City & Government, Cottage Grove

In Brief: Cottage Grove City Council Roundup

COTTAGE GROVE – The chambers were lively, and at times disruptive, during this past Monday’s city council meeting on Jan. 8.

Cottage Grove City Council navigated through impactful topics, switching gears effortlessly with the skill of someone who knows all their favorite television channels would wield a remote.

Solesbee’s State of the City Address

After confessing that “being on council the last five years has been a baptism by fire,” Mayor Candace Solesbee began the meeting with her state of the city address, focusing on the City’s continued quest to find solutions to its unhoused debacle.

The fourth generation Grover also added that, although she has been pursued by a recruiter for the House of Representatives, “that is a road I do not wish to walk; my dedication is to Cottage Grove alone.”

She then listed a multitude of the City’s accomplishments to highlight 2023’s success stories, zeroing in on themes of city repair, incoming development, and forward movement. She heavily focused on the Cottage Grove Police Department (CGPD). Of note, Solesbee said:

• CGPD is “launching an online reporting system that is designated by a local Lane County business in Eugene. MyPDConnect is a virtual platform that is being adopted to help create better access to reporting to the police department.”

• With a potential two year completion timeline, “the police department began the process of accreditation through the Oregon Accreditation Alliance.”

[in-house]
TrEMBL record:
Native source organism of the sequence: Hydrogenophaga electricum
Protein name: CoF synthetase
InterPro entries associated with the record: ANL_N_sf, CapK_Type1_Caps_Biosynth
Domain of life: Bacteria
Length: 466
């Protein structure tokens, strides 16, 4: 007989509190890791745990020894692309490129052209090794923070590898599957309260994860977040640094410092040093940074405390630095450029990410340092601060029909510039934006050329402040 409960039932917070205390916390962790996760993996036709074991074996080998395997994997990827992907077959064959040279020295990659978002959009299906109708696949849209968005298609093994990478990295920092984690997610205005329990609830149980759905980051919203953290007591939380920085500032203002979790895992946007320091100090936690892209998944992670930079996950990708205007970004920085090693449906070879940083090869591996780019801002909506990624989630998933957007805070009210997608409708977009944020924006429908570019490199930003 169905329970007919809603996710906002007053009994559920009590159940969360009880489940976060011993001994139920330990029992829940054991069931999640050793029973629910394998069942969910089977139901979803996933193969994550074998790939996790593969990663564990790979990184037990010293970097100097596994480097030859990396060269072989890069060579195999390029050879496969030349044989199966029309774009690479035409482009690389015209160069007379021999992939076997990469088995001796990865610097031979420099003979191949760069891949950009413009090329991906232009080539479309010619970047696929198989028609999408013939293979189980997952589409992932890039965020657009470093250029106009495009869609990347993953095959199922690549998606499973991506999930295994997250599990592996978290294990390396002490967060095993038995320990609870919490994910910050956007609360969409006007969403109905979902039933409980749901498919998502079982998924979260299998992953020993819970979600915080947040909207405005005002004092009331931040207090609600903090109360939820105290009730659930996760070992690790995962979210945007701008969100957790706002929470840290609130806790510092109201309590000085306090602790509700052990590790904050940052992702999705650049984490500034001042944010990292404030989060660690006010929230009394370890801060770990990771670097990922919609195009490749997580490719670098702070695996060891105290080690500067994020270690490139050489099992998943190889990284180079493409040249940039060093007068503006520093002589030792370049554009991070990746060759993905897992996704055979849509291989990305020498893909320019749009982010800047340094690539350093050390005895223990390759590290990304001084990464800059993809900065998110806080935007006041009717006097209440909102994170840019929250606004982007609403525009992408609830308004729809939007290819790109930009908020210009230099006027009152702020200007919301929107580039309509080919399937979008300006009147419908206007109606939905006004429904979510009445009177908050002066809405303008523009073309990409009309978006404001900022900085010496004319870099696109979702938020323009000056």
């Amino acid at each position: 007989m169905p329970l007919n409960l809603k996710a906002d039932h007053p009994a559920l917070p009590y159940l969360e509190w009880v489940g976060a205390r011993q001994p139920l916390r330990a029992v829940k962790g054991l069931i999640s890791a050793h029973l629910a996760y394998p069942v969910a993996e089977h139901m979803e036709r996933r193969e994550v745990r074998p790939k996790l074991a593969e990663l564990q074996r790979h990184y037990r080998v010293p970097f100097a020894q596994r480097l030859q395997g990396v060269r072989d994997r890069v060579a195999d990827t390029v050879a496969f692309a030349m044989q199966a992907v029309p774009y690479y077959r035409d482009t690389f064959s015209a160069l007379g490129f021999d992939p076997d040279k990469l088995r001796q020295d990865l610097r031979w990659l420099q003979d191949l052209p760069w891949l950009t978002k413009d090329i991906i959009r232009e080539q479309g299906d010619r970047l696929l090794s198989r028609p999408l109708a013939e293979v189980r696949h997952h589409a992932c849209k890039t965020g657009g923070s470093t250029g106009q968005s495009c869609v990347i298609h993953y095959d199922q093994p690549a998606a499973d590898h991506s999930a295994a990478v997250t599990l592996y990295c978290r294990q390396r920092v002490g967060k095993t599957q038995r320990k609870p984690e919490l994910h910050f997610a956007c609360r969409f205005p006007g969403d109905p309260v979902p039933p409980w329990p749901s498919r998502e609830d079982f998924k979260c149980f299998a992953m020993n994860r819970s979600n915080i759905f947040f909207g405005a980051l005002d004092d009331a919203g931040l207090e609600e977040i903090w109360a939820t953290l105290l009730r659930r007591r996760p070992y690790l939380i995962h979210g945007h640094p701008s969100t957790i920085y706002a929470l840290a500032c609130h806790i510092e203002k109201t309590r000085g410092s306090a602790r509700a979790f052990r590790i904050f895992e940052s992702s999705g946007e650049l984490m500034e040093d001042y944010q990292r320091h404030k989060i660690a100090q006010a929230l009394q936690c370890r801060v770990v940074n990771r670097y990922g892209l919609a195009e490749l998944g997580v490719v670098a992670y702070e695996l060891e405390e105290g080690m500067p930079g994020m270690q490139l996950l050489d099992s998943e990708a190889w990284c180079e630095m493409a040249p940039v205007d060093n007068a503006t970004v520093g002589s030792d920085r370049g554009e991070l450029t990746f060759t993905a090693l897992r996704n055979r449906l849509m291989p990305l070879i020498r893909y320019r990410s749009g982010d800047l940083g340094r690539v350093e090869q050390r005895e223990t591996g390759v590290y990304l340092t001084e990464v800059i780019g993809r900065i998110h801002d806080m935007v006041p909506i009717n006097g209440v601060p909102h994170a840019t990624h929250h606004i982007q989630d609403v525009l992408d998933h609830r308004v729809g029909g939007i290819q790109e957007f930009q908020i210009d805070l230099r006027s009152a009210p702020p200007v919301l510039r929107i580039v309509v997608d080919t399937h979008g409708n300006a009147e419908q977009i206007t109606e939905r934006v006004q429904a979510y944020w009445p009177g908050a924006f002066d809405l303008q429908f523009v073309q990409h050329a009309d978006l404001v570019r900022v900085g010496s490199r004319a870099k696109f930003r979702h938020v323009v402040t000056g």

• Recruitment and hiring practices have been elevated, and staff – both human and canine – have been recently added to CGPD.

• Cottage Grove’s top priorities for 2024, according to the mayor, “are our citizen and council collaborative effort in creating creative and achievable solutions for funding our city road improvements, along with hiring high quality professionals to fully staff our police department.”

On the same page

Although this meeting was cause for much disagreement and palpable tension, there were six topics which led to immediate and unanimous decisions.

• Stewart was approved to remain the interim City Manager Pro Tem until Cottage Grove’s new city manager Mike Sauerwein begins on Jan. 22.

• The council voted for Greg Ervin to be 2024’s council president, allowing him to continue in this position.

• The Mayor’s subcommittee and liaison appointments were approved with an amendment to not appoint the Vision Keepers Committee representatives at this time.

• Garland Burback was appointed to the planning commission for a three year term beginning Jan. 8 and ending Dec. 31, 2026.

• Ervin and councilor Chalice Savage were appointed to represent the Council on the economic opportunities analysis advisory committee.

• A motion passed unanimously for the Council to acknowledge that a grievance was filed as far as the process for hiring the city manager, authorizing a response from the city attorney to accept the facts, add to those facts, and explain why there wasn’t a violation.

Regarding the last line item, when it was time to address concerns from council, Fleck made a motion, which was corrected and clarified by the city attorney in order for it to contain the proper verbiage. No information was shared about the grievance other than to state that it existed. The Chronicle will be investigating this filed grievance further.

 — Amanda Lurey



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